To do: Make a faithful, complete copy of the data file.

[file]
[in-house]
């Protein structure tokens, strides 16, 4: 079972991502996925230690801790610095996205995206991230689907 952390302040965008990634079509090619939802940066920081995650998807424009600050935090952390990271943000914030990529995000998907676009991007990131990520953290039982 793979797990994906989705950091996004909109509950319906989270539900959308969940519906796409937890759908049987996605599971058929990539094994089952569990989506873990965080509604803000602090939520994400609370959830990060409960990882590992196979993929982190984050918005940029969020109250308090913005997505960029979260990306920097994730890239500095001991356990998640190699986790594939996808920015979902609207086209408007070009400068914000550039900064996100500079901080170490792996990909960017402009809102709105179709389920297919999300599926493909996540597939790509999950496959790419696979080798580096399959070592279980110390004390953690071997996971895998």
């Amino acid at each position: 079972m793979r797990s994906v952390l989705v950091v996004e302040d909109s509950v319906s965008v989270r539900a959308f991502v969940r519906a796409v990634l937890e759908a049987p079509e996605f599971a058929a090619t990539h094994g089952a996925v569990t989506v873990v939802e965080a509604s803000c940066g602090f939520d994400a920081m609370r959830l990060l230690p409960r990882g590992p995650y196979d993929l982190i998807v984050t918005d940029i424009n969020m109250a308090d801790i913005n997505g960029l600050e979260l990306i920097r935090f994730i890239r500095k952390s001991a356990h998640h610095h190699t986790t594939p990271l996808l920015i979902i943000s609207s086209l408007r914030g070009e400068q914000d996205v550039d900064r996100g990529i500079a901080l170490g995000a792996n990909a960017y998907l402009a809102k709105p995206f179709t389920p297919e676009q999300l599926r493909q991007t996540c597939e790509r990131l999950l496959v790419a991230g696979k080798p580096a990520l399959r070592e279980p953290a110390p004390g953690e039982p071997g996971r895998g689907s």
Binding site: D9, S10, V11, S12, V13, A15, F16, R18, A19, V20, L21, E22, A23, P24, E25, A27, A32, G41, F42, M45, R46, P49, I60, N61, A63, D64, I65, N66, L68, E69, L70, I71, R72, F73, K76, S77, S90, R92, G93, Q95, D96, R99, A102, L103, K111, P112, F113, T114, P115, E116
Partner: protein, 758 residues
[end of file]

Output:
[in-house]
């Protein structure tokens, strides 16, 4: 079972991502996925230690801790610095996205995206991230689907 952390302040965008990634079509090619939802940066920081995650998807424009600050935090952390990271943000914030990529995000998907676009991007990131990520953290039982 793979797990994906989705950091996004909109509950319906989270539900959308969940519906796409937890759908049987996605599971058929990539094994089952569990989506873990965080509604803000602090939520994400609370959830990060409960990882590992196979993929982190984050918005940029969020109250308090913005997505960029979260990306920097994730890239500095001991356990998640190699986790594939996808920015979902609207086209408007070009400068914000550039900064996100500079901080170490792996990909960017402009809102709105179709389920297919999300599926493909996540597939790509999950496959790419696979080798580096399959070592279980110390004390953690071997996971895998």
């Amino acid at each position: 079972m793979r797990s994906v952390l989705v950091v996004e302040d909109s509950v319906s965008v989270r539900a959308f991502v969940r519906a796409v990634l937890e759908a049987p079509e996605f599971a058929a090619t990539h094994g089952a996925v569990t989506v873990v939802e965080a509604s803000c940066g602090f939520d994400a920081m609370r959830l990060l230690p409960r990882g590992p995650y196979d993929l982190i998807v984050t918005d940029i424009n969020m109250a308090d801790i913005n997505g960029l600050e979260l990306i920097r935090f994730i890239r500095k952390s001991a356990h998640h610095h190699t986790t594939p990271l996808l920015i979902i943000s609207s086209l408007r914030g070009e400068q914000d996205v550039d900064r996100g990529i500079a901080l170490g995000a792996n990909a960017y998907l402009a809102k709105p995206f179709t389920p297919e676009q999300l599926r493909q991007t996540c597939e790509r990131l999950l496959v790419a991230g696979k080798p580096a990520l399959r070592e279980p953290a110390p004390g953690e039982p071997g996971r895998g689907s």
Binding site: D9, S10, V11, S12, V13, A15, F16, R18, A19, V20, L21, E22, A23, P24, E25, A27, A32, G41, F42, M45, R46, P49, I60, N61, A63, D64, I65, N66, L68, E69, L70, I71, R72, F73, K76, S77, S90, R92, G93, Q95, D96, R99, A102, L103, K111, P112, F113, T114, P115, E116
Partner: protein, 758 residues